In the last quarter of 2021, Unseen received 28 calls relating to modern slavery cases in Scotland, as well as 18 online reports.

Vulnerable people can fall into the clutches of criminals (Daily Record)

As a result, 15 cases of modern slavery and exploitation and 62 potential victims were identified. Of those, 68 per cent were from Romania.

In Scotland in the last quarter of last year, sexual exploitation accounted for 46 per cent of cases, while 27 per cent of cases were criminal exploitation, 20 per cent were labour, with various other types of exploitation making up seven per cent of instances.

Unseen made 12 modern slavery referrals to Police Scotland and one referral to a local authority during that period.

Its data is used by other charities, the police, local and national governments and businesses to inform policy and respond directly to reports of slavery and human trafficking.

Justine Currell, director of Unseen (Unseen)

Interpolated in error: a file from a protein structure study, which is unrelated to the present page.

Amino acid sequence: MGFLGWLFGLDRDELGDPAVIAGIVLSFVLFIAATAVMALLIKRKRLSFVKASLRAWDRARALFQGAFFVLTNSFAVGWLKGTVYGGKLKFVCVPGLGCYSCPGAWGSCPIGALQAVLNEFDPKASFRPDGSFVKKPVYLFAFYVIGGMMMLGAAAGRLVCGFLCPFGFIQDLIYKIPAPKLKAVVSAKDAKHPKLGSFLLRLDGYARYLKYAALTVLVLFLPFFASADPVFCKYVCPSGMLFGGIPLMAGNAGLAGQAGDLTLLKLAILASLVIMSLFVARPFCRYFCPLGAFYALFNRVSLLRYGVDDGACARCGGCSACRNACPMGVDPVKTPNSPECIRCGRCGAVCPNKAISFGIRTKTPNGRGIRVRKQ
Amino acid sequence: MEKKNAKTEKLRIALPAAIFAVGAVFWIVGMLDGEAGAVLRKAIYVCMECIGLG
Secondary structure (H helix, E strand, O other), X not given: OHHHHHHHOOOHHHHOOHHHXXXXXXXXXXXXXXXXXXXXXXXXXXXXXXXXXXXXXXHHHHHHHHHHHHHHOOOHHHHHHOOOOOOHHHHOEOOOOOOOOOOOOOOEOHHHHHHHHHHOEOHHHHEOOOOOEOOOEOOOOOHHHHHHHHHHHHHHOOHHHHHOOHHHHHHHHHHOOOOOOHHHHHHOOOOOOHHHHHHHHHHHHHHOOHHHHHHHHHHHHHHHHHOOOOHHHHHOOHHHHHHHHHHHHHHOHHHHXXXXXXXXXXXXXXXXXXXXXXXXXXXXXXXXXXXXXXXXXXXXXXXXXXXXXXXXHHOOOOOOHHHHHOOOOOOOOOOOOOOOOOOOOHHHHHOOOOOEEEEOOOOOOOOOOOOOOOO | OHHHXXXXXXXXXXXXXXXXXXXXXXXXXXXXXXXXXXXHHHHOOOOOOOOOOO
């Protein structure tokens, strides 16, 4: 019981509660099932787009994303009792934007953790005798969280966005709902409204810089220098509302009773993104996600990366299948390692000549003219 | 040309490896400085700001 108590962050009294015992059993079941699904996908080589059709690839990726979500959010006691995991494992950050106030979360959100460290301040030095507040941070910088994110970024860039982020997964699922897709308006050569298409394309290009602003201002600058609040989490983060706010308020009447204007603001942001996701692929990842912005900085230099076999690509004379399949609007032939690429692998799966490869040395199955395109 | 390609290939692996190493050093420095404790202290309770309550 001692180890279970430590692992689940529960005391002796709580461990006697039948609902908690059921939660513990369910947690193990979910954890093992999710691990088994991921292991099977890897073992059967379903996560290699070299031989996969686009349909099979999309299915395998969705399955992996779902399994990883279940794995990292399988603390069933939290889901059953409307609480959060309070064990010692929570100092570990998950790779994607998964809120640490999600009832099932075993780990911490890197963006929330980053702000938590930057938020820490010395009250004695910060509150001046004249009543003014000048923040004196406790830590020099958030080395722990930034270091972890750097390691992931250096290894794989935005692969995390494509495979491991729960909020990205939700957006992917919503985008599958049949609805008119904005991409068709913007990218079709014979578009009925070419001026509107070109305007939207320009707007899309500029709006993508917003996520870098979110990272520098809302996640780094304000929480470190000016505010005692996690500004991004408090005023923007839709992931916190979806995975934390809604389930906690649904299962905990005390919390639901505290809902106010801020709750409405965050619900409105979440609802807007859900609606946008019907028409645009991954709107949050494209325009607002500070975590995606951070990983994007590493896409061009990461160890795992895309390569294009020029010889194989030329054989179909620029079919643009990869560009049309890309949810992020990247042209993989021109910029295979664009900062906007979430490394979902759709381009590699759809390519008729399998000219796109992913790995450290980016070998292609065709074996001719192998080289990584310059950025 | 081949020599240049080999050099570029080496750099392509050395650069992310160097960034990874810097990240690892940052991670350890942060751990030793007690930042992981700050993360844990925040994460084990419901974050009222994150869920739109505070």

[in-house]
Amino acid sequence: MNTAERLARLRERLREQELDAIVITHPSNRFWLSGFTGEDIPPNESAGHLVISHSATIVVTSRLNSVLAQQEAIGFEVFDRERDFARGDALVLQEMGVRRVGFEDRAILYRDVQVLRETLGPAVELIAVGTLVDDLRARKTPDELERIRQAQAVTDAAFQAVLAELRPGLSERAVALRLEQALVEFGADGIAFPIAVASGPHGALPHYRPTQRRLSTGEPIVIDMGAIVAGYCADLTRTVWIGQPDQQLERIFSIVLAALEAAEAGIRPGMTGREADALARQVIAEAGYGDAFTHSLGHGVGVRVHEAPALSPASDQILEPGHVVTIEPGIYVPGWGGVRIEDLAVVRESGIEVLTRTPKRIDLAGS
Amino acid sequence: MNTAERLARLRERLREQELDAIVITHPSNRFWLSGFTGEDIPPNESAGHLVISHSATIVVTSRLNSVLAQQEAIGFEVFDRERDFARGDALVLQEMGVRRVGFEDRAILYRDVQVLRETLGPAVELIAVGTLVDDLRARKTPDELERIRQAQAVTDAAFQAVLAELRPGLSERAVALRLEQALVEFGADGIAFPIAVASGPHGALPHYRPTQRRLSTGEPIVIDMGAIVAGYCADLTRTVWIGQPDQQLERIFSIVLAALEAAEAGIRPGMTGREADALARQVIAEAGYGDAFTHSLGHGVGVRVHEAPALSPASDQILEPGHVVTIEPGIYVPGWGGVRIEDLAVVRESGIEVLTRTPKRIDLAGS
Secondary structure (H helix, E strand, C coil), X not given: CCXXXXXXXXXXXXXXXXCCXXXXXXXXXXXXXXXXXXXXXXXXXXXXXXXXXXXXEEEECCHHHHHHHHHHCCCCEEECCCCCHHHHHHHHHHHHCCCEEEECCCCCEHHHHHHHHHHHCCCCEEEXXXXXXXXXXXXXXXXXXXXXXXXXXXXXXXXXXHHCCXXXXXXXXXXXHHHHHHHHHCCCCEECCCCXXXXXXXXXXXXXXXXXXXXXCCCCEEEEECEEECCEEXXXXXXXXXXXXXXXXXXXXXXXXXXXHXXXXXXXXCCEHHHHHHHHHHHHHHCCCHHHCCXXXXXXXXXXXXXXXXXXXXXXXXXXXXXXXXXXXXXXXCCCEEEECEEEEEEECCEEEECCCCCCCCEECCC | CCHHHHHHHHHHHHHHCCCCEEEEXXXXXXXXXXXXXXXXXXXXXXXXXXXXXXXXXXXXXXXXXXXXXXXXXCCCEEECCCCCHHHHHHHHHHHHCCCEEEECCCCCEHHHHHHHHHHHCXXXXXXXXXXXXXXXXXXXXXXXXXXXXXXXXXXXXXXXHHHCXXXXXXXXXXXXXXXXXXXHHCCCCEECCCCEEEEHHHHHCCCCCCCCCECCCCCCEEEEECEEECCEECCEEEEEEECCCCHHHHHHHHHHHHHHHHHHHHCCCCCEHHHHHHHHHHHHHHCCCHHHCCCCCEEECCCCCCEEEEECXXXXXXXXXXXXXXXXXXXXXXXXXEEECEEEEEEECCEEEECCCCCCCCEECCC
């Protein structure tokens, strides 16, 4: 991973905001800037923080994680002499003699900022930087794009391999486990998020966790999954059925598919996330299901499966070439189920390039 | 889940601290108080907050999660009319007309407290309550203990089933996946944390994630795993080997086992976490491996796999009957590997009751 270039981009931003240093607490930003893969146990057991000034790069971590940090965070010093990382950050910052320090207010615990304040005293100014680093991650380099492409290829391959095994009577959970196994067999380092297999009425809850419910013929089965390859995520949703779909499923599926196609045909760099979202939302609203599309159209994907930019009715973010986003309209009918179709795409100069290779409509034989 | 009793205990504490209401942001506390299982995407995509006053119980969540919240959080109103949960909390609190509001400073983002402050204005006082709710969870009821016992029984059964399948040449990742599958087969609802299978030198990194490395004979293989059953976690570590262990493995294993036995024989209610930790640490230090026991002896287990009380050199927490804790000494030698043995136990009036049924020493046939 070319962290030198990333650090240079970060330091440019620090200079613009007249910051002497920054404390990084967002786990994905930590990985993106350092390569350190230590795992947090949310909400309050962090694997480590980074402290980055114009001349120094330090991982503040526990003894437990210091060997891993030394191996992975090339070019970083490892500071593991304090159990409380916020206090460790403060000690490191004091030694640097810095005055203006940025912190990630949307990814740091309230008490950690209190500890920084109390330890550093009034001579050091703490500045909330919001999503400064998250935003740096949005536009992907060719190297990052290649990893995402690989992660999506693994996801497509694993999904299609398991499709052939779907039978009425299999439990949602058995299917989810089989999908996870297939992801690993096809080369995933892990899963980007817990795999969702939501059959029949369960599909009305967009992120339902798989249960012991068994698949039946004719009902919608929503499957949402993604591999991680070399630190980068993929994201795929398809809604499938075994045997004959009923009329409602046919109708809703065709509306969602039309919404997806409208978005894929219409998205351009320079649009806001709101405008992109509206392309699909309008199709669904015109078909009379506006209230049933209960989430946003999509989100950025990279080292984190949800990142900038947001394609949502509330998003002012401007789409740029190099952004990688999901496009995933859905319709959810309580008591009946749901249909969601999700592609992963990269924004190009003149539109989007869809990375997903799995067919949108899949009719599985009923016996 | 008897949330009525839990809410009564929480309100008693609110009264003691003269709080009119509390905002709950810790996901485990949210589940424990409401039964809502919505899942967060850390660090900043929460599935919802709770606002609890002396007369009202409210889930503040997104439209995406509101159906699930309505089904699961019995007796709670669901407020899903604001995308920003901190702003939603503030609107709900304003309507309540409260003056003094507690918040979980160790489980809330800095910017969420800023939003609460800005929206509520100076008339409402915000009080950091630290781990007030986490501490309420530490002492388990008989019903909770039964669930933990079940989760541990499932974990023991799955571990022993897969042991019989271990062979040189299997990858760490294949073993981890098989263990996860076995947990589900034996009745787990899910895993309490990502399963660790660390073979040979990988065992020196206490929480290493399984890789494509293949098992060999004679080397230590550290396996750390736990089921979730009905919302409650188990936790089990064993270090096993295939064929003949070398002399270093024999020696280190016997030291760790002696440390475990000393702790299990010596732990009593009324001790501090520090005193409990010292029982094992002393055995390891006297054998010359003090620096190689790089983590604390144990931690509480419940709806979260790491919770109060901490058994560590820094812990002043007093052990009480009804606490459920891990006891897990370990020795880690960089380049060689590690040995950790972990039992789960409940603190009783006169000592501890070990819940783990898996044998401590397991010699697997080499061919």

Justine Currell, of Unseen, continued: “The bulk of the reports we’re getting about sexual exploitation are tip-offs about private addresses as well as online ads where the sex buyer has reported something to us.

“This crime is well hidden, yet often right under our noses. I urge the public to contact us if they have the slightest suspicions about anything they’ve seen.

“I’m encouraged by the huge increase in potential victims of slavery contacting us this year for help and support, which make up a much bigger proportion of contacts than previous years. This suggests we’re getting our number out to the right people.

“But we also rely on the public and frontline workers in places like the NHS and police to contact us about anything they’ve seen.

“Latest government figures put the numbers in modern slavery in the UK at around 16,000, but this is only the tip of the iceberg – our estimate is that the true figures is well over 100,000. In other words we have a huge problem and it’s imperative that we all do our bit to raise awareness and report anything we’re concerned about.”

'Harriet' was the victim of sexual and criminal exploitation (Getty Images)